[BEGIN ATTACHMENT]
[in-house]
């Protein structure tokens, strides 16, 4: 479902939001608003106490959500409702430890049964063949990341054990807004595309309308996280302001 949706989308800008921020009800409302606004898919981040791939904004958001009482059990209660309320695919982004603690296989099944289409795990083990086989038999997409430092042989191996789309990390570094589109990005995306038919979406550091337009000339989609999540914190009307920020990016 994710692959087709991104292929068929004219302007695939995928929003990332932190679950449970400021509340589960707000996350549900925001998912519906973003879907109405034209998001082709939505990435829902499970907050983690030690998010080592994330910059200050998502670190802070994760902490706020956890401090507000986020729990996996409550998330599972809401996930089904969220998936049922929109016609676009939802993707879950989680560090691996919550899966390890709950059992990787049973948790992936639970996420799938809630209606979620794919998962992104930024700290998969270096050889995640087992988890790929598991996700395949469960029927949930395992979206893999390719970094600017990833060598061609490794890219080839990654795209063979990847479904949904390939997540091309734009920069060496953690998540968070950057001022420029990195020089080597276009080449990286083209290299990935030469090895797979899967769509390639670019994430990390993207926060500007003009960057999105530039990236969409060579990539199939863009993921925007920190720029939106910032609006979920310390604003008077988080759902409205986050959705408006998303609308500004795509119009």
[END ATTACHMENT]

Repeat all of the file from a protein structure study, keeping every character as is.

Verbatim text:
[in-house]
């Protein structure tokens, strides 16, 4: 479902939001608003106490959500409702430890049964063949990341054990807004595309309308996280302001 949706989308800008921020009800409302606004898919981040791939904004958001009482059990209660309320695919982004603690296989099944289409795990083990086989038999997409430092042989191996789309990390570094589109990005995306038919979406550091337009000339989609999540914190009307920020990016 994710692959087709991104292929068929004219302007695939995928929003990332932190679950449970400021509340589960707000996350549900925001998912519906973003879907109405034209998001082709939505990435829902499970907050983690030690998010080592994330910059200050998502670190802070994760902490706020956890401090507000986020729990996996409550998330599972809401996930089904969220998936049922929109016609676009939802993707879950989680560090691996919550899966390890709950059992990787049973948790992936639970996420799938809630209606979620794919998962992104930024700290998969270096050889995640087992988890790929598991996700395949469960029927949930395992979206893999390719970094600017990833060598061609490794890219080839990654795209063979990847479904949904390939997540091309734009920069060496953690998540968070950057001022420029990195020089080597276009080449990286083209290299990935030469090895797979899967769509390639670019994430990390993207926060500007003009960057999105530039990236969409060579990539199939863009993921925007920190720029939106910032609006979920310390604003008077988080759902409205986050959705408006998303609308500004795509119009």